‘You walk around freely with your kippah on?’

For quite a while now, we have been the most well-guarded civil location in the area.

A MAN wearing a kippa waits for the start of a demonstration against antisemitism at Berlin’s Brandenburg Gate in 2014 (photo credit: THOMAS PETER/REUTERS)
A MAN wearing a kippa waits for the start of a demonstration against antisemitism at Berlin’s Brandenburg Gate in 2014
(photo credit: THOMAS PETER/REUTERS)
On the night of Yom Kippur, following a moving prayer service and a reunion with members of the Jewish community in Gothenburg, Sweden, some of whom I had last seen exactly a year before, we walked out of our community building and headed home.
I say “we” even though I was actually alone, because, fortunately for me, I was suddenly joined by Michael who kept me company until the nearest square. Is there anything better than two Jews walking together on Yom Kippur engaged in conversation?
And yet, although I consider myself a pretty good conversationalist, Michael wasn’t interested in a word I was saying. In fact, Michael is one of the regular community security guards, and although it took me a while to understand what was happening, he finally admitted that for a few weeks a new security procedure had been in place wherein the community rabbi must be escorted out of the community building to ensure that he remains safe and unharmed, at least until the square.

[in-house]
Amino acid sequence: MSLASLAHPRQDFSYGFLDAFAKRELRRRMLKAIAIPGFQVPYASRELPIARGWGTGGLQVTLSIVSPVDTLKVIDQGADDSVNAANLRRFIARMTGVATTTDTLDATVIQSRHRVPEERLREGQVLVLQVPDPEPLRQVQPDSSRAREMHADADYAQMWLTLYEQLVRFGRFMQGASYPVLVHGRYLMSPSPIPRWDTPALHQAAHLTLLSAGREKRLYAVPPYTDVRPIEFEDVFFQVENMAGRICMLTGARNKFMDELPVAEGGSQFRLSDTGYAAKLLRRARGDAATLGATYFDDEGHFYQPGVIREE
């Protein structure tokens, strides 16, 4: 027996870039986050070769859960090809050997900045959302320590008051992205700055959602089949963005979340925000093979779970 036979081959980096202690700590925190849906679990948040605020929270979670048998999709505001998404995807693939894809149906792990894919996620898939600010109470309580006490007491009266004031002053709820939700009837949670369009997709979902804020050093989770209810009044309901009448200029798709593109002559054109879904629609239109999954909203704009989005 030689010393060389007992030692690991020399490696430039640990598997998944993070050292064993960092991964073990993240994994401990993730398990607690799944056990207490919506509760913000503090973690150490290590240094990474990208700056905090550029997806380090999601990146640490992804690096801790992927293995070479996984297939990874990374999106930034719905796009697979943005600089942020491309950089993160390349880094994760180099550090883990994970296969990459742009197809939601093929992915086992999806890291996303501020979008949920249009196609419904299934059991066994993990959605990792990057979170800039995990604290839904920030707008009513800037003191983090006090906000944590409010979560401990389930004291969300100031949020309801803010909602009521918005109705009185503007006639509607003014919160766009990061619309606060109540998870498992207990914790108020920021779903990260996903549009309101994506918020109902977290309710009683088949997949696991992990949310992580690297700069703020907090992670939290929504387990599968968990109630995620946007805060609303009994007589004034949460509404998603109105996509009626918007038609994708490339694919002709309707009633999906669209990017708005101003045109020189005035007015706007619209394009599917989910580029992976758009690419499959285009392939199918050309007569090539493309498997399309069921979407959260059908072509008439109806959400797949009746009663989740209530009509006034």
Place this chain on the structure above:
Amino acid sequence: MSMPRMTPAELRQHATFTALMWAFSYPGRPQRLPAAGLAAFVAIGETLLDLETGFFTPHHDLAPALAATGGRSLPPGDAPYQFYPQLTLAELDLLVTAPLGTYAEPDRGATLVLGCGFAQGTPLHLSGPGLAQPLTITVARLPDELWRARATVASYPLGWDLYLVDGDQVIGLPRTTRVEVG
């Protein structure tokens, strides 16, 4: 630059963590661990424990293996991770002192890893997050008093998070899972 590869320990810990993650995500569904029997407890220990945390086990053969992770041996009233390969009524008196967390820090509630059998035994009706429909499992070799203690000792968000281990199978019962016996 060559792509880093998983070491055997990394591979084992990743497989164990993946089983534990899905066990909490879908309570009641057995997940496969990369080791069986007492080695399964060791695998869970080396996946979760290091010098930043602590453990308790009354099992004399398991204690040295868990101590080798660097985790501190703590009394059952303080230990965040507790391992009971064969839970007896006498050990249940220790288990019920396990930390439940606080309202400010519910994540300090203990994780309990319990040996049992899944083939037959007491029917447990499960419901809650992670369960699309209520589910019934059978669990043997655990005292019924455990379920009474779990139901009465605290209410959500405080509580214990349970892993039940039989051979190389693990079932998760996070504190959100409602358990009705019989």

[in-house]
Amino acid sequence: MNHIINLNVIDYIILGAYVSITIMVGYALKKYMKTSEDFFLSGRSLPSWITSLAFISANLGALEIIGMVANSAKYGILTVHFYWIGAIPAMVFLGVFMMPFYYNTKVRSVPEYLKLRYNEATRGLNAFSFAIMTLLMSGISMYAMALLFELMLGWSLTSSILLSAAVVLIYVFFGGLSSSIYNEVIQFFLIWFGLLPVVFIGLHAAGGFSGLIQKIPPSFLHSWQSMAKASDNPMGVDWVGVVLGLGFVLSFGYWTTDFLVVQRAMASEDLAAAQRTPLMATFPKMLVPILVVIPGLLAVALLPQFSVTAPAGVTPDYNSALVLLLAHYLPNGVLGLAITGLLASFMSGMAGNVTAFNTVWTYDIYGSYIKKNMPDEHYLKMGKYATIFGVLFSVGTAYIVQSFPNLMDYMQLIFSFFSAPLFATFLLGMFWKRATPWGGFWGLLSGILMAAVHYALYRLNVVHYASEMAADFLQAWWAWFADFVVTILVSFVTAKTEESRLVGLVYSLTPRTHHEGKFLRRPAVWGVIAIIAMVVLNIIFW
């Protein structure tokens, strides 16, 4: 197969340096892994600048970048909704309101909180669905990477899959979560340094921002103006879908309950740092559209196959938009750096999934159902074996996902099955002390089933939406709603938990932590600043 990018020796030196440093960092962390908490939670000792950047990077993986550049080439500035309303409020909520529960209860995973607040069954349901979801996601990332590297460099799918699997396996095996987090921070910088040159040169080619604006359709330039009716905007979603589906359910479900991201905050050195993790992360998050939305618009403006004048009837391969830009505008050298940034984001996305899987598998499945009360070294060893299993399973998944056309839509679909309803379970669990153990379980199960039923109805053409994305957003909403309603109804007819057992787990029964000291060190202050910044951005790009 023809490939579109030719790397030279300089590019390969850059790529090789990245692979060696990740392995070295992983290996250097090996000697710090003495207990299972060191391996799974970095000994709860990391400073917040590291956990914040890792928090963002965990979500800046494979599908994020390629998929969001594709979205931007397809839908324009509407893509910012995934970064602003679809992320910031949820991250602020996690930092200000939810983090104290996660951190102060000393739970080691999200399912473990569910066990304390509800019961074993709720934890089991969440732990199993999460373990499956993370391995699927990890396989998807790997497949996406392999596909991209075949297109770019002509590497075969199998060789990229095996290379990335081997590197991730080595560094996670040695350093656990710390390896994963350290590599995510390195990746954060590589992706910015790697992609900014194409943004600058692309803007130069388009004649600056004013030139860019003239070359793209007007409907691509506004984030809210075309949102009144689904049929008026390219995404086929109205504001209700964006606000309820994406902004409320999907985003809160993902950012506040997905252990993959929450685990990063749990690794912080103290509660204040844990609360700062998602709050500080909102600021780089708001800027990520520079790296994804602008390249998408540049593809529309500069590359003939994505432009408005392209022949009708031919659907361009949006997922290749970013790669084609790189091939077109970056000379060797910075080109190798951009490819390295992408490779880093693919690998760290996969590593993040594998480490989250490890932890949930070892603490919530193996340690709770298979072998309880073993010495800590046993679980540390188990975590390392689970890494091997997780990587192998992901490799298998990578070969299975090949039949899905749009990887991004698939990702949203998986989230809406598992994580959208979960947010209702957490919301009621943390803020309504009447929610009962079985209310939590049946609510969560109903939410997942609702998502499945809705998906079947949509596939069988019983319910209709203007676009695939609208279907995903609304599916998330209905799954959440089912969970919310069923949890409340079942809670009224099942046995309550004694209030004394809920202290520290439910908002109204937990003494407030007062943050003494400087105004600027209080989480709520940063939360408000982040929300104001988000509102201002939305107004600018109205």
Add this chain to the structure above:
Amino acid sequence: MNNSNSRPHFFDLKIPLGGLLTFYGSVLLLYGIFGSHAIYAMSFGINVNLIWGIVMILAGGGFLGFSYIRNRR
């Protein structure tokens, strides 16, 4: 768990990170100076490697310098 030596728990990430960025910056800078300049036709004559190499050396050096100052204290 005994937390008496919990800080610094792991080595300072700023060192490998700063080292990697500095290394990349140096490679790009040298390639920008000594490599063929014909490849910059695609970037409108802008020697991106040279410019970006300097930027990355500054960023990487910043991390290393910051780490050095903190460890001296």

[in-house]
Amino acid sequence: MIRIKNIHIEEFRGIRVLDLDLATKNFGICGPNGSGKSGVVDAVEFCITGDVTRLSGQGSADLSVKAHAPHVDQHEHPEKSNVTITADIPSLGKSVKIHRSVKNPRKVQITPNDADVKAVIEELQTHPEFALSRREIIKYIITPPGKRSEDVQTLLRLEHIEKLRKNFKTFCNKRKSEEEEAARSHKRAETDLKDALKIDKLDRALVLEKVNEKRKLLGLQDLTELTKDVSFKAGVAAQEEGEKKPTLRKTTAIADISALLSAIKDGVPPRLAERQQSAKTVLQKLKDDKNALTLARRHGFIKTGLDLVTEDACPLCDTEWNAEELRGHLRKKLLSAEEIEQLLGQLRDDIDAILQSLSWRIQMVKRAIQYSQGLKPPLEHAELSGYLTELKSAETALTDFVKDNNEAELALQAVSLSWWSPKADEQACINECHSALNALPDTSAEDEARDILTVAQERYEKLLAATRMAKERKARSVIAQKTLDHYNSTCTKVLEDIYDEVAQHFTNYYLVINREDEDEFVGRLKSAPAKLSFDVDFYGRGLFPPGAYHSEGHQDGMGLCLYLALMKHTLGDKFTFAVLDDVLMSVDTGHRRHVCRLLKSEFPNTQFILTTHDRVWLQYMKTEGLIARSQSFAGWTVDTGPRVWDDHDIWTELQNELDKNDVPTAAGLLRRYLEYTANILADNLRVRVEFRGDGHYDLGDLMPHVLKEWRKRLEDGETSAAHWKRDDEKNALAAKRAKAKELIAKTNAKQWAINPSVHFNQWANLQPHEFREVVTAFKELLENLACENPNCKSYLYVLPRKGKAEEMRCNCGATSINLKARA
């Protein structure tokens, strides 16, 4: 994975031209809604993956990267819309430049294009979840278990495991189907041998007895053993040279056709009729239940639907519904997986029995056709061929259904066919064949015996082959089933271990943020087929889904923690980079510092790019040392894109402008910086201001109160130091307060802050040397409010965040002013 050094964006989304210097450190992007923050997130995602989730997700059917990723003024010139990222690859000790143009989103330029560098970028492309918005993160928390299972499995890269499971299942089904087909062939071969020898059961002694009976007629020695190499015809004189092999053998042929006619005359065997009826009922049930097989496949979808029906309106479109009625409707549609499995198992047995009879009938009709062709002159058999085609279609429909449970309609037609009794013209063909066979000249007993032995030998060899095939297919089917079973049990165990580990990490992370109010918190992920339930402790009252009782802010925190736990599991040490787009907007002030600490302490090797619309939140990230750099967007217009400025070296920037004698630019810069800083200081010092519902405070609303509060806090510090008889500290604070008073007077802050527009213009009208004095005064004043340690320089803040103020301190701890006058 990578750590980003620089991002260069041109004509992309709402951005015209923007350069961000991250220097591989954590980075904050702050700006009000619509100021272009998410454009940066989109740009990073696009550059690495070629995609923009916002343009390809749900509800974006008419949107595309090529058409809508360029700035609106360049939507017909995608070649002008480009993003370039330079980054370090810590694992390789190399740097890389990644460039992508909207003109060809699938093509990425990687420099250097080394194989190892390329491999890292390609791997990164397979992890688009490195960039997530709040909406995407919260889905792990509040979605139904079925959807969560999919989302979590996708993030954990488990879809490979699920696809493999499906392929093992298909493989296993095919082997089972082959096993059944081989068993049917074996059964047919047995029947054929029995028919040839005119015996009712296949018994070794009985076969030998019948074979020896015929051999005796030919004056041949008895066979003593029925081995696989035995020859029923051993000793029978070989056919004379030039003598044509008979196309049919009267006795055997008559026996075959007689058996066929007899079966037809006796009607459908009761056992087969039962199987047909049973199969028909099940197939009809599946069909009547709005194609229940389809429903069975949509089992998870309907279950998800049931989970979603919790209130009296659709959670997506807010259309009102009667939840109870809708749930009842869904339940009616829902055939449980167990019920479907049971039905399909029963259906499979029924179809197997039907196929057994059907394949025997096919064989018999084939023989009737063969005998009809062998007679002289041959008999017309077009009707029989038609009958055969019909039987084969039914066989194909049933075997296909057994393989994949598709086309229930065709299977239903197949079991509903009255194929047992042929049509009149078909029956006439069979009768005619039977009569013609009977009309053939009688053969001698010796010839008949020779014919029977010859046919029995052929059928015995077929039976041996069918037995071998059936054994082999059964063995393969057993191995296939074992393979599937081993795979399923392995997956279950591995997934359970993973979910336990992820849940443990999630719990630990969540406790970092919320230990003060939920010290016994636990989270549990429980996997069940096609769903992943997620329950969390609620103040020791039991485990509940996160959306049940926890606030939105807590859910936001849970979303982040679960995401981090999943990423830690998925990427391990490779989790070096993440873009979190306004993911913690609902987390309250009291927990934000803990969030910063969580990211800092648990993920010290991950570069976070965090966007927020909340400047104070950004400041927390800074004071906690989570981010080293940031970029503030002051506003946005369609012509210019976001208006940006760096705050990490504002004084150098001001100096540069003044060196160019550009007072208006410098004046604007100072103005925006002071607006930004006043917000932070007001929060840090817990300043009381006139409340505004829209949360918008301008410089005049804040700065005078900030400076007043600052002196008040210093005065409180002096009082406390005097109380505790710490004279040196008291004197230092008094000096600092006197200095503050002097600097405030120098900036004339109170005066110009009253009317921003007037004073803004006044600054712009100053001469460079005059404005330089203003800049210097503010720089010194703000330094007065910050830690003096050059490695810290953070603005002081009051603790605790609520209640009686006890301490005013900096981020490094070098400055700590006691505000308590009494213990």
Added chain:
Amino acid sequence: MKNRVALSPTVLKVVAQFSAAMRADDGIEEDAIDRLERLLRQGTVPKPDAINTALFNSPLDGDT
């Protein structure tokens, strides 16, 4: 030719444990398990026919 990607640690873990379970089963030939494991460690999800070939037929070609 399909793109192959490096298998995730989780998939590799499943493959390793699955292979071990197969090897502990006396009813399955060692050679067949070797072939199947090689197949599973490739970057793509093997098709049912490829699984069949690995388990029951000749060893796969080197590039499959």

Before I go on, allow me to clarify that the city of Gothenburg is the second largest in Sweden. It’s home to Volvo’s main headquarters. The local hockey team took the championship last year after a series of exciting games. The city boasts the largest harbor in Scandinavia, connecting thousands of small islands that give the place its unique charm.
Yes, it’s exactly as tranquil as it sounds, a quiet and peaceful city, even a tad boring.
So you can understand why I would make light of the new regulation and give a slight eye-roll. As an Israeli who grew up in Jerusalem when buses were being blown up every other day, who has built his home in Gush Etzion – which has had its fair share of stabbing attacks and terrorist incidents – I look around me and see a nice quiet city with pleasant, pretty people going about their business with no malicious intent.
For quite a while now, we have been the most well-guarded civil location in the area. We have become accustomed to close inspection, security cameras on every corner, and security guards performing their duty in an impressive manner, if I may say.
“Relax,” I said, “Hakol b’seder – everything is fine.”
And then the news from Germany arrived.
A synagogue. Yom Kippur. Casualties.
And Jewish life in Europe is once again under threat.
SINCE ARRIVING in Sweden a few years ago, we are always happy to answer the second question posed to us: How is it going for you guys there?
But that’s the second question. There is hardly anyone who doesn’t lead with the disconcerting question, “You walk around freely that way, with your kippah on?”